KINDER, Donald R. (1998). Opinion and Action in the Realm of Politics. In Gilbert, D.; Fiske, S. T.; Lindzey, G. (Eds), The Handbook of Social Psychology. Oxford University Press.

KLINE, R. B. (2011). Principles and practice of structural equation modeling (3rd ed.). New York: The Guilford Press.

KLINGEMANN, Hans-Dieter, Andrea Volkens, Ian Budge, Judith Bara, and Michael D. McDonald (2006). Mapping Policy Preferences II: Parties, Electorates and Governments in Eastern Europe and the OECD 1990 - 2003. Oxford: Oxford University Press.

KNOPPEN, D., & Saris, W. E. (2009). Do we have to combine Values in the Schwartz' Human Values Scale? A Comment on the Davidov Studies. Survey Research Methods, 3(2), 91 - 103. Available from: https://ojs.ub.uni-konstanz.de/srm/article/download/2601/2778 . [Accessed 5 April 2013]

KULIN, J., & Svallfors, S. (2013). Class, Values, and Attitudes Towards Redistribution: A European Comparison. European Sociological Review, 29(2), 155 - 167. [doi://dx.doi.org/10.1093/esr/jcr046] [doi://dx.doi.org/10.1093/esr/jcr046]

KULIN, J. (2011) Values and welfare state attitudes: The interplay between human values, attitudes and redistributive institutions across national contexts. PhD thesis. Umeå: Umeå University. Avalaible from: http://urn.kb.se/resolve?urn=urn:nbn:se:umu:diva-49853 [Accessed 12 April 2013]

KUMLIN, S. (2004). The Personal and the Political: How Personal Welfare State Experiences Affect Political Trust and Ideology (p. 260). Palgrave Macmillan. [doi://dx.doi.org/10.1057/9781403980274]

KUMLIN, S., & Svallfors, S. (2008). Social Stratification and Political Articulation: Why Attitudinal Class Differences Vary Across Countries. Luxemburg Income Study Working Paper Series, Working Paper No. 484.Available from: http://www.lisproject.org/publications/liswps/484.pdf . [Accessed 5 April 2013]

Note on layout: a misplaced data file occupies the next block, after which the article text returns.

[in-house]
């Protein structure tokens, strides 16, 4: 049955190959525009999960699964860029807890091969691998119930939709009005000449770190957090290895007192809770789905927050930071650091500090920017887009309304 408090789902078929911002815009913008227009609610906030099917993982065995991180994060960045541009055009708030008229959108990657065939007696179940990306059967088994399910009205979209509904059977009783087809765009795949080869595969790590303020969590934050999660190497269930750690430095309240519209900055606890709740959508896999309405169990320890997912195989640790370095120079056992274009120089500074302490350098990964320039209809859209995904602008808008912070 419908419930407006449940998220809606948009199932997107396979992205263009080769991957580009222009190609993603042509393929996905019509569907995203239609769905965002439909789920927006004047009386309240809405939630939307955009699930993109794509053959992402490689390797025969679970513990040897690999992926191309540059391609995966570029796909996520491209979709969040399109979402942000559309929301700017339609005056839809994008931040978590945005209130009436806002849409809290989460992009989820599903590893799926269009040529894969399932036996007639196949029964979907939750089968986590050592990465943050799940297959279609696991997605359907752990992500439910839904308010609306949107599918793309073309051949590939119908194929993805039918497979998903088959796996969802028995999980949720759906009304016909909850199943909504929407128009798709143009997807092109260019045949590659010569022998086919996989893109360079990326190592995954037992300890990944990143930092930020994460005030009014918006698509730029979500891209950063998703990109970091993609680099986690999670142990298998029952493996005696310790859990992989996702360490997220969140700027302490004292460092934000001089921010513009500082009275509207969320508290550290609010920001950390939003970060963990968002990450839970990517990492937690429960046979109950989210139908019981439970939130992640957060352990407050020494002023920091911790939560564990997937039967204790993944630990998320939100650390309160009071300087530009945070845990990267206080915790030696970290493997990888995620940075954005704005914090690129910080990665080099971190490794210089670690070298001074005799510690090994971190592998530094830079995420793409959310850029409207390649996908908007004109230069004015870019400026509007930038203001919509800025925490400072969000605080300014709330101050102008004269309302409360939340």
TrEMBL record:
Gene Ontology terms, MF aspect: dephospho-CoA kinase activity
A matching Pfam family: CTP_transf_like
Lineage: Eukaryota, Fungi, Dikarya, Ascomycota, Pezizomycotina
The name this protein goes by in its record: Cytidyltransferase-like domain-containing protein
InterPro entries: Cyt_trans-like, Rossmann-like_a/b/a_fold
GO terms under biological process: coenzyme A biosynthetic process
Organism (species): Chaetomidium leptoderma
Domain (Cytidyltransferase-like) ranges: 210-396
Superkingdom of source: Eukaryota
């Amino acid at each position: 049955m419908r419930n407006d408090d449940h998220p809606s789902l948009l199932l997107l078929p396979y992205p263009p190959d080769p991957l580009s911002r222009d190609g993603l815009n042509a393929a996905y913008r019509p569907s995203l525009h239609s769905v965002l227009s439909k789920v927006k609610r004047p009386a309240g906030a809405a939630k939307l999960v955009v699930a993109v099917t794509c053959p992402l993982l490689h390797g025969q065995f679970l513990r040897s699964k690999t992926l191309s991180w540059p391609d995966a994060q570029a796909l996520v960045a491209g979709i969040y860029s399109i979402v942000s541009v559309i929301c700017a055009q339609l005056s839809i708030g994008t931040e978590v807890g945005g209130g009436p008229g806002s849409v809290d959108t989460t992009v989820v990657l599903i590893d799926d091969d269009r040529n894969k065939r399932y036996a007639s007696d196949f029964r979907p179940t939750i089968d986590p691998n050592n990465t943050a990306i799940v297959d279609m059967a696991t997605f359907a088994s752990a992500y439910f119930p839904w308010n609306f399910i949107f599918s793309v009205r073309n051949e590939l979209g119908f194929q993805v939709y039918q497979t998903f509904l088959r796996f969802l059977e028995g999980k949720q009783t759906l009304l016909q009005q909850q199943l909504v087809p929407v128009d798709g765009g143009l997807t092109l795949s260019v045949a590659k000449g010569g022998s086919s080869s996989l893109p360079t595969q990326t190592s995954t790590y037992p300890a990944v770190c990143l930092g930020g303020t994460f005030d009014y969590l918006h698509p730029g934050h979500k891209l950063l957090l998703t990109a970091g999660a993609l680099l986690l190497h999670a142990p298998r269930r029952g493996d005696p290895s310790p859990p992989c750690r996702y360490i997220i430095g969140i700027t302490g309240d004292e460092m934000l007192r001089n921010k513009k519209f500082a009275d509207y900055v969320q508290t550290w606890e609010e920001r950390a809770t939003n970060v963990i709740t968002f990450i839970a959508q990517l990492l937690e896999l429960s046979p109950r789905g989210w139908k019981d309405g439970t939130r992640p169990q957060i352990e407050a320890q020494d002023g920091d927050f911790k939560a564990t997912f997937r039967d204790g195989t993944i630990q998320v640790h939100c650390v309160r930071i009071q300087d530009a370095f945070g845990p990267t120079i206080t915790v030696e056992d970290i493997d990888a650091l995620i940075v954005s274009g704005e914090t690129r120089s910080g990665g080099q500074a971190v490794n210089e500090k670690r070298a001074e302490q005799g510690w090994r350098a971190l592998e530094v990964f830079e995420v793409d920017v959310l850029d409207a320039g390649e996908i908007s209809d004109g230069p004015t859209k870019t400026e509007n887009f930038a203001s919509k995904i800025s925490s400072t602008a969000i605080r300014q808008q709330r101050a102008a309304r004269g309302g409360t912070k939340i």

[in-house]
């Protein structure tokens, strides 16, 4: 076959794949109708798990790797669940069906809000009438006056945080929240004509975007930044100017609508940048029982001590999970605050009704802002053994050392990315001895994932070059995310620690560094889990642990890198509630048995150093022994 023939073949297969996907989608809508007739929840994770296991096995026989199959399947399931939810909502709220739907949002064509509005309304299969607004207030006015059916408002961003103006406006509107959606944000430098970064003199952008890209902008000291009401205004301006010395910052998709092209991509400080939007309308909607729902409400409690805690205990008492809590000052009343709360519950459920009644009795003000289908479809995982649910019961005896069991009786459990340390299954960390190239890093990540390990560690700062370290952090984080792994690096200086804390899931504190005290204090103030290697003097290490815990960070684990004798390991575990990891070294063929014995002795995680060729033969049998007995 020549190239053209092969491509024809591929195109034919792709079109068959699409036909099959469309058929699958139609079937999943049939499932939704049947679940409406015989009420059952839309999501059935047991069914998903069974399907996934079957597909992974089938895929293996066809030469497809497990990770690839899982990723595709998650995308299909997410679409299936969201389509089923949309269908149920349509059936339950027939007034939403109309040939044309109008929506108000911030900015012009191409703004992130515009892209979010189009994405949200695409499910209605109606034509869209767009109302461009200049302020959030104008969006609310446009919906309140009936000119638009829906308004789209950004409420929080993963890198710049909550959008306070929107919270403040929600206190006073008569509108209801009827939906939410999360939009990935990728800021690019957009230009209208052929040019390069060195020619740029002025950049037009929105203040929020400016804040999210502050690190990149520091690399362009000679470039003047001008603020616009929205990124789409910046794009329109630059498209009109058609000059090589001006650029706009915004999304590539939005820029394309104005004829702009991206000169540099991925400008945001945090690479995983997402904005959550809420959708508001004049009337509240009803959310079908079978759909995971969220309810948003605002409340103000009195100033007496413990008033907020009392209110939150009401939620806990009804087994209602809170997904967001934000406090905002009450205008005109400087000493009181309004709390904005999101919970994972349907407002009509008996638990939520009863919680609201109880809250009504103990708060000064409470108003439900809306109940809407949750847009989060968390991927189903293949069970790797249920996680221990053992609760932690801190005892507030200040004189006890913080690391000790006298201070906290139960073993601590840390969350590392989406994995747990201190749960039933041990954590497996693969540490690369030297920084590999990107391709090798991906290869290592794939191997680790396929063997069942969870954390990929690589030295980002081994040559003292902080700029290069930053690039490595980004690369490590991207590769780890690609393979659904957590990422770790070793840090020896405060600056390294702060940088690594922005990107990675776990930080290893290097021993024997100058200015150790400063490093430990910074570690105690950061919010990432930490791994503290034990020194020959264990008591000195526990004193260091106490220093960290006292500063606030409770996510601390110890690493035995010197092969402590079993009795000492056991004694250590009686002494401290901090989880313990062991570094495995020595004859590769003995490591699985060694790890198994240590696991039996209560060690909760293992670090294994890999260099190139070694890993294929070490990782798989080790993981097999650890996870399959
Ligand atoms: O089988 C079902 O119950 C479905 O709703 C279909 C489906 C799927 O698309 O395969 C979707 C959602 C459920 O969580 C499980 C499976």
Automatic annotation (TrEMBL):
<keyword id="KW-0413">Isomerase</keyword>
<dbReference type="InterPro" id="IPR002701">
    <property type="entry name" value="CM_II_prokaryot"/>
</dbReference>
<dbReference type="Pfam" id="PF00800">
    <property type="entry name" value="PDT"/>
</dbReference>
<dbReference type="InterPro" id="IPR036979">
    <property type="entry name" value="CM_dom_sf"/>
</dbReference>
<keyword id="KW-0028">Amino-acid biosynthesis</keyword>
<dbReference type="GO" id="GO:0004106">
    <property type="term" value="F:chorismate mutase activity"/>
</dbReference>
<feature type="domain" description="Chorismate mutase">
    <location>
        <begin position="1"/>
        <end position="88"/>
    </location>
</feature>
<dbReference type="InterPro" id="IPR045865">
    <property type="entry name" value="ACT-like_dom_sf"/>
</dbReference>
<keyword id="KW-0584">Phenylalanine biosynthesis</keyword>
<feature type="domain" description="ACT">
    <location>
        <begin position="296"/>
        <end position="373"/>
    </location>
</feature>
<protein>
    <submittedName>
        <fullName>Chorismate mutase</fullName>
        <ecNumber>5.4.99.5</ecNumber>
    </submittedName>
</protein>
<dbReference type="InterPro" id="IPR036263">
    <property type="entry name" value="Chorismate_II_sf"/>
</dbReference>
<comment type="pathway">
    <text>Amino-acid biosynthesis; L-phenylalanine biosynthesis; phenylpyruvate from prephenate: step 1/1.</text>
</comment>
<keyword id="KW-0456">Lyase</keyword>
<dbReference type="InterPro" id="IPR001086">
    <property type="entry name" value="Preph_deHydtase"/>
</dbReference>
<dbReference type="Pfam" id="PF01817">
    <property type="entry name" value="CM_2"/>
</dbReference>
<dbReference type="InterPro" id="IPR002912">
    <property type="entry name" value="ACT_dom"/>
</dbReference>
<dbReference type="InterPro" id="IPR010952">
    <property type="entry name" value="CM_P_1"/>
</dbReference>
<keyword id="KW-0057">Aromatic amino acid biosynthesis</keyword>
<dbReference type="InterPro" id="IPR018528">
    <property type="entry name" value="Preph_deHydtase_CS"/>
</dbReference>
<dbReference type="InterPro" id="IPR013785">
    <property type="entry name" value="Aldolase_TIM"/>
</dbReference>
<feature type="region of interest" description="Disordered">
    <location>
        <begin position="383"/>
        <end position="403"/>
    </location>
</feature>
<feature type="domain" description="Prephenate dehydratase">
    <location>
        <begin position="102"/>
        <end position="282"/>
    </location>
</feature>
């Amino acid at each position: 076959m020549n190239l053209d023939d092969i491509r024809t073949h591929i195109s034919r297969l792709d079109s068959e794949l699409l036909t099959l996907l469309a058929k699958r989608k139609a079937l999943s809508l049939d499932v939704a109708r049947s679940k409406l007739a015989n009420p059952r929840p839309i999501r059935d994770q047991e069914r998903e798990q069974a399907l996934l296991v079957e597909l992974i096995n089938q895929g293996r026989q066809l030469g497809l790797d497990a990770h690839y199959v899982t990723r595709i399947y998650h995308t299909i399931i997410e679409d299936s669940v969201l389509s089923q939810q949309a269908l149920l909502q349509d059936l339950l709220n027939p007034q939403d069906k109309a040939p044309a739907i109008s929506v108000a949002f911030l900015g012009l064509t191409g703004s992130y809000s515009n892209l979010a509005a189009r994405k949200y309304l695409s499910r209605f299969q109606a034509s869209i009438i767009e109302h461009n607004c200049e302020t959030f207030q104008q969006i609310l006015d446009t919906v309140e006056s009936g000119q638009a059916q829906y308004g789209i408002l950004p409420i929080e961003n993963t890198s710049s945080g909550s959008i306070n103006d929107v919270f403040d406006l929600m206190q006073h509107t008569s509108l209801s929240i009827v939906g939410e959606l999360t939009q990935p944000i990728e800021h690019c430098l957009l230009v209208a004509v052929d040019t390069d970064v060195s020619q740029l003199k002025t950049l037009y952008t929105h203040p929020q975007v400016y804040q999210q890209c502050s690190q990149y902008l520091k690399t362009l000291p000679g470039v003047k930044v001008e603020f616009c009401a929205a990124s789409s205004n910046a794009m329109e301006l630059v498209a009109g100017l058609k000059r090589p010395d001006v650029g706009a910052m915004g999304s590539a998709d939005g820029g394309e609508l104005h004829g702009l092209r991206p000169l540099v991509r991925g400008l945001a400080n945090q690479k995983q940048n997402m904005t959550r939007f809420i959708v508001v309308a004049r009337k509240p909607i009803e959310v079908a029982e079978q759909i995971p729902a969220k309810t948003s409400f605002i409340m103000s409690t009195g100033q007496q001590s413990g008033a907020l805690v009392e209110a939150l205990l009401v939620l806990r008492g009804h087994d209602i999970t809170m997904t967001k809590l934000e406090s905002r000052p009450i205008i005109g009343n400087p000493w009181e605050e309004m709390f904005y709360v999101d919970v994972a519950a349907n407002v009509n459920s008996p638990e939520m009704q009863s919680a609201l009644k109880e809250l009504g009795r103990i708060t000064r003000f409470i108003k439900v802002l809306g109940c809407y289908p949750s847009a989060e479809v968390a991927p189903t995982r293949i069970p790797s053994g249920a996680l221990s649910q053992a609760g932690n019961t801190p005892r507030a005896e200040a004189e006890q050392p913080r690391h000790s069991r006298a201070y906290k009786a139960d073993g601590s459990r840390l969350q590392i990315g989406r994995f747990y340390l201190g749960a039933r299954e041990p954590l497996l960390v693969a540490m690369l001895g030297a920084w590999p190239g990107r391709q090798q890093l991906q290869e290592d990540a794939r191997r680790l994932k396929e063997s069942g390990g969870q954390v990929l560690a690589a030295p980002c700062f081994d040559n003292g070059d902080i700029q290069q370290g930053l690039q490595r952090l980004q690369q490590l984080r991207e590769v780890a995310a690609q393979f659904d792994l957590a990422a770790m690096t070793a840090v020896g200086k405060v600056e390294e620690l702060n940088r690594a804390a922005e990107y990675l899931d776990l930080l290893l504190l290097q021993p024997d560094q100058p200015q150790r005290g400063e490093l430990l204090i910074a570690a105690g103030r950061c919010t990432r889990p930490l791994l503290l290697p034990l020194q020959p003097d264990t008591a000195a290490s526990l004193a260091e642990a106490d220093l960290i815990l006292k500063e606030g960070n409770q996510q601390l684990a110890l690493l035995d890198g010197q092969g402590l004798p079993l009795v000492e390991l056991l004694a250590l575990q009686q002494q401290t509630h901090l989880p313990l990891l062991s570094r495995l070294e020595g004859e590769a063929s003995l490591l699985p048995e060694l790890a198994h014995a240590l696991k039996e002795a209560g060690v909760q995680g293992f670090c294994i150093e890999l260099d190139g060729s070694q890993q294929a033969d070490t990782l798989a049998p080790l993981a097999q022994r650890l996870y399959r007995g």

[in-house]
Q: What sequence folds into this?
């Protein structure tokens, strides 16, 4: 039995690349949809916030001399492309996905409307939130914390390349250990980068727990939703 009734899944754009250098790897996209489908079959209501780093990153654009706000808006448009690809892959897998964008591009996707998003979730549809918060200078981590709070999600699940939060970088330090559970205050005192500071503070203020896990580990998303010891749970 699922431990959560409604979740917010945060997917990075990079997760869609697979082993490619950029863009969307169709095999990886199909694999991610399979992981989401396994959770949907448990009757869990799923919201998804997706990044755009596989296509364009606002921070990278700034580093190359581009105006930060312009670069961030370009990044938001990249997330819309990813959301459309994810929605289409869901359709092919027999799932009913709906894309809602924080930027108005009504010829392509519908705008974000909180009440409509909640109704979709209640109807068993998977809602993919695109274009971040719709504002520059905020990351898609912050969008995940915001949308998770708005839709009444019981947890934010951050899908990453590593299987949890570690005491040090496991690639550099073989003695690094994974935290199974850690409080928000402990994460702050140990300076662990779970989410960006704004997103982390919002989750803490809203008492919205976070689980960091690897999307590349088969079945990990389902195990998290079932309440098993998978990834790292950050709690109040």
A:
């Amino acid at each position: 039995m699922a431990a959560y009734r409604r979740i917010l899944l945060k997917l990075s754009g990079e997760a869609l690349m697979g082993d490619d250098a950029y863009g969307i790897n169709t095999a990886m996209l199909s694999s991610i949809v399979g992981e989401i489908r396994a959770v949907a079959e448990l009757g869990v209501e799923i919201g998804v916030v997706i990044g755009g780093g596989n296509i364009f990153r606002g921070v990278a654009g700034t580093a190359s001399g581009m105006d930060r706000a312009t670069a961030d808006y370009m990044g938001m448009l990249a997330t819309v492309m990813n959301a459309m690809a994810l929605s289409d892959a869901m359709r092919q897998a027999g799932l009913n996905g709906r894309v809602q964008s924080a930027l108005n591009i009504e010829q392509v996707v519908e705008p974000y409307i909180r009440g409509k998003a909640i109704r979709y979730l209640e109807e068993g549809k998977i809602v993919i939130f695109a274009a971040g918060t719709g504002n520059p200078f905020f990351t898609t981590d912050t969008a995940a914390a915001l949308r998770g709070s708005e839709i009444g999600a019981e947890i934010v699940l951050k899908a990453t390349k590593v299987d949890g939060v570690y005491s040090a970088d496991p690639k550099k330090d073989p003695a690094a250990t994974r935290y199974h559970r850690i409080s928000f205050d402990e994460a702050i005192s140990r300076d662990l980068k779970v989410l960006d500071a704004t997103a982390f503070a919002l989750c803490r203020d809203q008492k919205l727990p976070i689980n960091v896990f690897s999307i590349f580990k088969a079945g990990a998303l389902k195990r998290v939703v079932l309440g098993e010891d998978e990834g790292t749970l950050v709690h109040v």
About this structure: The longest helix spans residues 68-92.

LIPSET, S. M., & Rokkan, S. (1967). Party Systems and Voter Alignments: Cross-National Perspectives. New York: Free Press.

LIPSET, S. M. (1979). The first new nation: The United States in historical and comparative perspective. New York: Norton.

MAU, S. (2003). The Moral Economy of Welfare States: Britain and Germany Compared. (M. Rhodes & M. Ferrera, Eds.) Social Research (p. 238). New York, London: Routledge.

MCCLOSKY, H., & Zaller, J. (1984). The American Ethos: Public Attitudes toward Capitalism and Democracy. Cambridge, MA: Harvard University Press.

METTLER, S., & Soss, J. (2004). The Consequences of Public Policy for Democratic Citizenship: Bridging Policy Studies and Mass Politics. Perspectives on Politics, 2(1), 55 - 73. [doi://dx.doi.org/10.1017.S1537592704000623] [doi://dx.doi.org/10.1017/S1537592704000623]

MELTZER, A., & Richard, S. (1981). A rational theory of the size of government. The Journal of Political Economy, 89(5), 914-927. Avaiable at: http://www.jstor.org/stable/1830813 [Accessed 12 October 2013] [doi://dx.doi.org/10.1086/261013]

PIERSON, P. (1993). When Effect Becomes Cause: Policy Feedback and Political Change. World Politics, 45(4), 595 - 628. [doi://dx.doi.org/10.2307/2950710] [doi://dx.doi.org/10.2307/2950710]